What is it about this kind of character that just attracts nearly every single female YA character? I get that it ties in with the protagonist's storyline in a sense, but in general this is a trope that just infuriates me to no end. And also, we never hear about what Derek is actually like at school and how he interacts with others there. If he was so attractive and such a bad-boy, wouldn't he already have friends or people interested in him before he met Brooke?
Anyways, yeah. Not quite sure what I think about this one. Not something I'd re-read, but definitely a interesting book that I can see sparking some very important conversations. It starts with the mc Brooke leaving a inpatient hospital. She has been there for 6 weeks because she tried to drown herself in the Black River. She is thinking of a way to kill herself again. Brooke has a best friend named Ronald aka Duckie.
He is gay. They both like theatre and hanging out watching movies. Madness was really depressing. It brought back memories for me when I was in the 5th grade and attempted suicide. I battle depression as well so reading this was pretty tough. I could have stopped reading but I wanted to see Brooke get better. Once Brooke had sex with Derek things started going downhill. Derek started to be controlling questioning her every 5 minutes. Lashing out. The ending of this book was just insane. The Sisters Brothers. Patrick deWitt. Those in Peril. Wilbur Smith. Go Set a Watchman. Harper Lee. The Paris Wife.
Alix Ohlin. Us Conductors. Sean Michaels. The Lake House. Kate Morton. His Whole Life. Elizabeth Hay. Eva Stachniak. Undermajordomo Minor. At The Water's Edge. Sara Gruen. The Pearl that Broke Its Shell. Nadia Hashimi. The Sense of an Ending. Julian Barnes. The Nature of the Beast. Louise Penny. Sheila Fischman. The Husband's Secret. Liane Moriarty. Orphan Train. Christina Baker Kline. Gray Mountain. John Grisham. The Cuckoo's Calling.
Robert Galbraith. Gone Girl. Gillian Flynn. The House Girl. Tara Conklin. Life After Life. Kate Atkinson. The Silver Star. Jeannette Walls. The Twelve Tribes of Hattie. Ayana Mathis. Heather O'Neill. The Light Between Oceans. M L Stedman. Elizabeth is Missing.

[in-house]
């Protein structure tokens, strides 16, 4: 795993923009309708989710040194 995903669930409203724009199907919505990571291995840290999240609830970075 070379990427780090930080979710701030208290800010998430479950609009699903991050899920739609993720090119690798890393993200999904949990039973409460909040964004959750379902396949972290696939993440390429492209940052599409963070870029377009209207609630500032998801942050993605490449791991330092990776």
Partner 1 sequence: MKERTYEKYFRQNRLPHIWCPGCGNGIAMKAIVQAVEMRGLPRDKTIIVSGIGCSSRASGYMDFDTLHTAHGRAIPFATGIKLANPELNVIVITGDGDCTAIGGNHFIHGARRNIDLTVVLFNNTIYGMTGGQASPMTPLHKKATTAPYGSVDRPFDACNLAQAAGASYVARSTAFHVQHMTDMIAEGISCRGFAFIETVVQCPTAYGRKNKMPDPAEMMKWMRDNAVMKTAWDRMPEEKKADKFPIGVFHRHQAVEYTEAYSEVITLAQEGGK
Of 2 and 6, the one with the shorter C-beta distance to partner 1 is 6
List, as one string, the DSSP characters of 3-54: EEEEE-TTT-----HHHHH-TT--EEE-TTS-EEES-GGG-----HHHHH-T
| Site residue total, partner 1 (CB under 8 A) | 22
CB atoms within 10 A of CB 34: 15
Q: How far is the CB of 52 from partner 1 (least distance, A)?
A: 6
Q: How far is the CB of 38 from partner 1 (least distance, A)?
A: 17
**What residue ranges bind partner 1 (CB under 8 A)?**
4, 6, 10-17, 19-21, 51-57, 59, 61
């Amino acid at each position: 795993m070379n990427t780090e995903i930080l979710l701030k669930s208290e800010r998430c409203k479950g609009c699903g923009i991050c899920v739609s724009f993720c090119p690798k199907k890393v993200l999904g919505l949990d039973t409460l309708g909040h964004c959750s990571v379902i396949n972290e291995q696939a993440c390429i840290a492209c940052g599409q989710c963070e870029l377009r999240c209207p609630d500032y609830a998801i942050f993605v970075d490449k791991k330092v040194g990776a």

16 Books About Madness | LitReactor
Emma Healey. The Long Way Home. Mightier than the Sword. Jeffrey Archer. The Purchase. Linda Spalding. The Ocean at the End of the Lane. Neil Gaiman.
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Alone in the Classroom. Sweet Tooth. Ian McEwan. How the Light Gets In. The Edge of Lost. Kristina McMorris. Station Eleven. Yes, there was a TV movie based on this book that starred Sally Field as the much-maligned title character, who suffered from an extreme case of dissociative identity disorder also known as multiple personality disorder.
Sybil a pseudonym for Shirley Ardell Mason manifests sixteen distinct personalities throughout the narrative, each one an expression of various aspects of Sybil's primary, "true" self. There have been more than a few holes punched into this narrative , with many suggesting the author also Mason's therapist implanted false memories in her patient in order to make a more compelling book; others still theorize the entire narrative was fabricated by Mason and Schreiber. Whether true or not, this tale taps into the universal fear of losing touch with one's own identity, and for that it remains a classic of the psychological drama genre.
You knew this one had to be coming. I mean, Norman Bates's line about everyone going a little mad has been referenced three times in this column now, and if we're talking about iconic fictional madmen, Bates takes the cake.
Like so many other titles on this list, you might be more familiar with Alfred Hitchcock's stellar film adaptation, but Bloch's original novel is equally worth checking out, not the least because it offers a more thorough window into Norman's twisted mind. The first chapter alone features the character reading a description of a cachua dance, whereby Incan warriors would flay the skin of an enemy, stretch the stomach and beat on the organ as though it were a drum, the sound emitting from the corpse's gaping mouth. Bates finds such macabre delight in the image.
The lone non-narrative title on this list, Asylum features photographs of deinstitutionalized and abandoned mental health facilities across the nation—the places where madness not only dwelt, but where it was treated, for better or worse. From the book's description via Amazon : "From the mid-nineteenth century to the early twentieth, over institutions for the insane were built throughout the United States; by , they housed more than a half million patients.
The blueprint for these hospitals was set by Pennsylvania hospital superintendent Thomas Story Kirkbride But in the second half of the twentieth century, after the introduction of psychotropic drugs and policy shifts toward community-based care, patient populations declined dramatically, leaving many of these beautiful, massive buildings—and the patients who lived in them—neglected and abandoned. Christopher Shultz writes weird, dark fiction. At times, he dabbles in digital art and photography.